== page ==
Bookended by a pair of getaways, "Drive" is a gorgeous, hyper-cool, ultra-violent character study of a man whose purity and principles are ultimately his undoing.
Gosling stars a Driver, a Hollywood stunt driver by day who moonlights as a getaway man, both of his careers managed by his mentor Shannon (Bryan Cranston), who hopes to turn his protégé into a stock car racer—"Put this kid behind a wheel, there's nothing he can't do." Not surprisingly, those dreams are derailed.
By chance, Driver meets his new neighbor, Irene (Carey Mulligan), when her car breaks down, and the chemistry between the two is immediate, but things are complicated by the fact that her husband, Standard Guzman (Oscar Isaacs), is about to get out of jail. Upon his release, Standard recruits Driver for a heist, a job that goes sideways in a hail of bullets and leaves Driver holding the bag, literally.
Gosling continues to show more range than just about any young actor in Hollywood. Coming of his turn as a ladies man in "Crazy, Stupid, Love," in "Drive" Gosling turns inward as a man of few words, with no name or past, who only wants to keep doing the one thing he does well, drive. Despite a scarcity of dialogue and a character who doesn't (can't?) emote for the first 45 minutes, Gosling brings an intensity to Driver that commands your attention and makes his shocking transformation from laconic wheelman to single-minded killing machine believable.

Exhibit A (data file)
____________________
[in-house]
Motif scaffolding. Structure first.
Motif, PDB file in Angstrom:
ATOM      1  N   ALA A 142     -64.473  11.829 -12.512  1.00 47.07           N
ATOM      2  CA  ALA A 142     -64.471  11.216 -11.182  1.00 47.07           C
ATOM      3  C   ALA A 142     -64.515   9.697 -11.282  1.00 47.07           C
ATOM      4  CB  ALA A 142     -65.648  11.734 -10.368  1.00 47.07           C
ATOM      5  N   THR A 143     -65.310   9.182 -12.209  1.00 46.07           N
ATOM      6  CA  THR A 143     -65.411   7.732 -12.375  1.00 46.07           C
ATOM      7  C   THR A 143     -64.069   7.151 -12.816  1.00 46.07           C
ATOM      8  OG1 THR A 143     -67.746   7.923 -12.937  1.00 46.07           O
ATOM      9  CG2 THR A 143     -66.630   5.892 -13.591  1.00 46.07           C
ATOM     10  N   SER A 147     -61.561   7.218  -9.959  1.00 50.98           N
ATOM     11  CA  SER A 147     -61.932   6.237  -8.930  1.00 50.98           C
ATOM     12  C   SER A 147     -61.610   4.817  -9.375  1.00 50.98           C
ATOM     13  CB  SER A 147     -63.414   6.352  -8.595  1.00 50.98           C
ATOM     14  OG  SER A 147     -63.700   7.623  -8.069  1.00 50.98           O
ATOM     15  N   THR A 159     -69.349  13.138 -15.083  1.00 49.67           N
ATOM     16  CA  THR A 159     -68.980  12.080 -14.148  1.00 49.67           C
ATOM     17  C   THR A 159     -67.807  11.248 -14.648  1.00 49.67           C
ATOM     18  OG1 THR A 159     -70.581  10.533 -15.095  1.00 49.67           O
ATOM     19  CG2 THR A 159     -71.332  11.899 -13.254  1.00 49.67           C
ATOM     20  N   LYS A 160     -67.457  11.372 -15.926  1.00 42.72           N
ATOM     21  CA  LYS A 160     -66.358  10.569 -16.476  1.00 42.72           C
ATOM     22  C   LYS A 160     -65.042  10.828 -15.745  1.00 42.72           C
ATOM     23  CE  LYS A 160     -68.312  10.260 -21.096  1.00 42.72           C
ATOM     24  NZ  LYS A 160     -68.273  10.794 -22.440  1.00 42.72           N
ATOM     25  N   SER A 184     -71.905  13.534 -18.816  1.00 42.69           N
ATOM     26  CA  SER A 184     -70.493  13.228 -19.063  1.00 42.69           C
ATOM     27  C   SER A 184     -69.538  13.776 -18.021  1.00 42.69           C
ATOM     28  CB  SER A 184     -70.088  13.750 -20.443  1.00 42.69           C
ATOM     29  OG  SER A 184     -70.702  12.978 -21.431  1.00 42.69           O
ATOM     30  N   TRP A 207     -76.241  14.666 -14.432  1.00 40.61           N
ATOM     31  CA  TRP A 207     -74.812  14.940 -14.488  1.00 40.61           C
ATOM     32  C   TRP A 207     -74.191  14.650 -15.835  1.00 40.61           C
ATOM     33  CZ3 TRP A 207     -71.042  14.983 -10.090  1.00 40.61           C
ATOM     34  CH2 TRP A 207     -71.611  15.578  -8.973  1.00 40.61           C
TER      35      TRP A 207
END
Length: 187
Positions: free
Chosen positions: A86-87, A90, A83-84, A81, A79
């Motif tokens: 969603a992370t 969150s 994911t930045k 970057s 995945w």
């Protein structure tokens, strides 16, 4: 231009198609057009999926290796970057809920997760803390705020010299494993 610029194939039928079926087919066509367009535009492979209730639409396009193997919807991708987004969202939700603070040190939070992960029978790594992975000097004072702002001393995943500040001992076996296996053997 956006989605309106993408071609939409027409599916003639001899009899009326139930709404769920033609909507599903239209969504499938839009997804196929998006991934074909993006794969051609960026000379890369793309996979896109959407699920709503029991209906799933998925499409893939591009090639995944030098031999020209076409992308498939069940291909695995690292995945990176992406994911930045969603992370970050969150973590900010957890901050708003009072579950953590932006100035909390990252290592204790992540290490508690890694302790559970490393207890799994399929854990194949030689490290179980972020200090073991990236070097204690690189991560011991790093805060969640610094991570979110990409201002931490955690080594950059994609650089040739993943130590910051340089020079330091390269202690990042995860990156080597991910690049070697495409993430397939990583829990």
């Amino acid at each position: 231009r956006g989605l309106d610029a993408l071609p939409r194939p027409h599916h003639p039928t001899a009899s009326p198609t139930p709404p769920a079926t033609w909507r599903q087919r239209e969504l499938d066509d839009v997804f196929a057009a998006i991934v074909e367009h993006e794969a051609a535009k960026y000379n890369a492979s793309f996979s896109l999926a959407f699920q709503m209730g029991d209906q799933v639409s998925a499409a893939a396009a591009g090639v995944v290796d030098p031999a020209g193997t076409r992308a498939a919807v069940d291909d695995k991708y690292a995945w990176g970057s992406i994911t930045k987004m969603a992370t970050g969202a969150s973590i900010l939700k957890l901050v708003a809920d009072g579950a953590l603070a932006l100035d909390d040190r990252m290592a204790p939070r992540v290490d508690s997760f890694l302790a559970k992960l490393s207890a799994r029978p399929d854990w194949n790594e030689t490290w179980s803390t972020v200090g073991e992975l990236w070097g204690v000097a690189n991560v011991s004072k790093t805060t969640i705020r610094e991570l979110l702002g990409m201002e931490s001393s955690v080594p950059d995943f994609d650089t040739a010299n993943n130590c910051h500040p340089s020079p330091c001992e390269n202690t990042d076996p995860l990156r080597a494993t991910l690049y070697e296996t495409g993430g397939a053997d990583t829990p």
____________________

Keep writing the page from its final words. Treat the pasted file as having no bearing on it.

But the man enjoying all of the early Oscar buzz is Albert Brooks, here cast against type as a hard-boiled New York gangster trying to make his name in LA. Who'd've guessed that the manic nebbish of "Lost in America" could portray such a cold-blooded shark?
The film opens with Driver behind the wheel following a hold-up, as he rolls through the streets of LA, a Clippers-Raptors game on the radio, trying to avoid the cops. Refn is in complete control throughout the film, hitting the gas and the breaks at the perfect moments, his framing is stunning, the colors as rich as they are dark.
"Drive" is the kind of film that makes fans of '70s cinema gush—it's a clinic in minimalism from Refn and his cast, a shining example of much can more can be conveyed with less. Refn has been teasing the press with talk of a sequel, leaving us to wonder if tickets are available yet.